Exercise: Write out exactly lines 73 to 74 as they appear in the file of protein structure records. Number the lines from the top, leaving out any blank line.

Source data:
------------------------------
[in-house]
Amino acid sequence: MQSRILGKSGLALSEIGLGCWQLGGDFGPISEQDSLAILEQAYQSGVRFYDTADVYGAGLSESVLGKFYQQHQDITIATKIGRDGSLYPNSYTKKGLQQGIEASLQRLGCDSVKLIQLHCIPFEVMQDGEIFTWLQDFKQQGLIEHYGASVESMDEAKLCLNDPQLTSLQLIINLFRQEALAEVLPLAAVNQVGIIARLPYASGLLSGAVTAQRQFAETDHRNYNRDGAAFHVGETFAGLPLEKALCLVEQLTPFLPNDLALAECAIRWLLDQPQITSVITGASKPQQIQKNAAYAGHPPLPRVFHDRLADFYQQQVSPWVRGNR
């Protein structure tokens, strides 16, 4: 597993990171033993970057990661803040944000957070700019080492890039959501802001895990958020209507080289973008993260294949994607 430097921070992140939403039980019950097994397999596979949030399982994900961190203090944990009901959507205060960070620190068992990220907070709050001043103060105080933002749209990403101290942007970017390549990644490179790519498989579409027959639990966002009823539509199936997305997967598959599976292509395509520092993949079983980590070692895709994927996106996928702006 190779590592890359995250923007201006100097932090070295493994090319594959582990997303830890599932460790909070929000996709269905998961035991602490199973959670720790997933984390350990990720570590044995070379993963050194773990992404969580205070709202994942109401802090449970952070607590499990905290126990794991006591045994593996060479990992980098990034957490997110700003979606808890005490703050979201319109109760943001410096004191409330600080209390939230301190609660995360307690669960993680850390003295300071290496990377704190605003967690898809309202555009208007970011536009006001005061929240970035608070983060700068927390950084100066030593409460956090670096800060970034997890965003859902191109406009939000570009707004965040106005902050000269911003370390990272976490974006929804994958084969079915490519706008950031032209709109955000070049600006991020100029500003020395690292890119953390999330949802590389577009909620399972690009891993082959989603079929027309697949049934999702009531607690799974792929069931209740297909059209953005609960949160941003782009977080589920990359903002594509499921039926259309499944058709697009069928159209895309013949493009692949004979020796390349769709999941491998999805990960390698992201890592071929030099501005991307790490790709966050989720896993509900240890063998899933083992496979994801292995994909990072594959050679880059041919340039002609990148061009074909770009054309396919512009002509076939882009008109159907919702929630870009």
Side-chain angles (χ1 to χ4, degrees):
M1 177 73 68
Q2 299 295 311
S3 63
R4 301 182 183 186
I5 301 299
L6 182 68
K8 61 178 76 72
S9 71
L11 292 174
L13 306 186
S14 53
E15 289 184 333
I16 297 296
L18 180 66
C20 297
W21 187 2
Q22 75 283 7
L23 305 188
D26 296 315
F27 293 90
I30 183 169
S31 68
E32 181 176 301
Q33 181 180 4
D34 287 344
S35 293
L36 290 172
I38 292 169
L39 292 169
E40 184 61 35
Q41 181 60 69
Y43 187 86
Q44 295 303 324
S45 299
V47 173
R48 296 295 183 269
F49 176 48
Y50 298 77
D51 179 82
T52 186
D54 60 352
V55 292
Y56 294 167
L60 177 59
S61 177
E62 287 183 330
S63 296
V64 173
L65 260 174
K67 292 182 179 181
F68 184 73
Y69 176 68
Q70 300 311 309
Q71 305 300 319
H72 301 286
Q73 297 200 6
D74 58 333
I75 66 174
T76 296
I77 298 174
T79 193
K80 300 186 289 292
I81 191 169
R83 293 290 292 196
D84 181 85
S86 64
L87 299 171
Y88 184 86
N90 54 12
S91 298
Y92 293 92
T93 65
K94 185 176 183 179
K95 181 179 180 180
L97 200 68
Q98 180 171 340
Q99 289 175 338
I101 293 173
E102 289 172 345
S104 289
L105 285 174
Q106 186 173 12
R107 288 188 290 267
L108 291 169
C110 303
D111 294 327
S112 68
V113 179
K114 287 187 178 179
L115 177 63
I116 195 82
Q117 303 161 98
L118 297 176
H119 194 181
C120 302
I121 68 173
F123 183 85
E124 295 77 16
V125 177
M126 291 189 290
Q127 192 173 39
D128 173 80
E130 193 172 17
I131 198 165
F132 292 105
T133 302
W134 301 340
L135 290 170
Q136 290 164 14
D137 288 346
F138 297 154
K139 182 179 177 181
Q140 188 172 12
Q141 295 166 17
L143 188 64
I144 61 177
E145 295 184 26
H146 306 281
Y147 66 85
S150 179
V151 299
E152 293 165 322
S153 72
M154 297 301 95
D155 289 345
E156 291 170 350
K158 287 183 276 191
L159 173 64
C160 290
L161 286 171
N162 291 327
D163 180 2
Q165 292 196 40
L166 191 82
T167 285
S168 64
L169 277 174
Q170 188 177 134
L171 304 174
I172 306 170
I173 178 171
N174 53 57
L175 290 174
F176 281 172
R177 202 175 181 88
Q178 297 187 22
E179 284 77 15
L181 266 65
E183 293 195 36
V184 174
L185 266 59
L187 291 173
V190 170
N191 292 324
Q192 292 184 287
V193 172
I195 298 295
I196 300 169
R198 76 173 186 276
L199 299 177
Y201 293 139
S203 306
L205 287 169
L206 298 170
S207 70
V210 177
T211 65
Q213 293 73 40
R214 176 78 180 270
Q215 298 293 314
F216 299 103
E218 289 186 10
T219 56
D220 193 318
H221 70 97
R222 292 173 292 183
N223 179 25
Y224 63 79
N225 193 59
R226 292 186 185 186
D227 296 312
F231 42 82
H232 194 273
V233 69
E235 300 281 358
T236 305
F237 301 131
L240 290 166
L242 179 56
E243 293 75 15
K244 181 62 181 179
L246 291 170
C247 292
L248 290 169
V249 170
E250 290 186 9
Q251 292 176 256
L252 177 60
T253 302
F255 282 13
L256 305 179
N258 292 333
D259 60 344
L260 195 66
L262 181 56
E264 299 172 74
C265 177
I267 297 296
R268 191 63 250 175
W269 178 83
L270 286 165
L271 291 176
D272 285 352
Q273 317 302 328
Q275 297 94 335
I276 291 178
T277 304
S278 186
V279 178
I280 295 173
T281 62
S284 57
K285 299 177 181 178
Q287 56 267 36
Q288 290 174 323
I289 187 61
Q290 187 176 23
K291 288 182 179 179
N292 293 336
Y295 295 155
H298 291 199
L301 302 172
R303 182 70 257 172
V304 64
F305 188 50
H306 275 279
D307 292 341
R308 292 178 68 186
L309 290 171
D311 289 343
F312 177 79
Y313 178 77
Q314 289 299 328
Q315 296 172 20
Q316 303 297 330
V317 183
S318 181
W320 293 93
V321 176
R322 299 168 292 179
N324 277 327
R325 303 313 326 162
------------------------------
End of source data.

N90 54 12
S91 298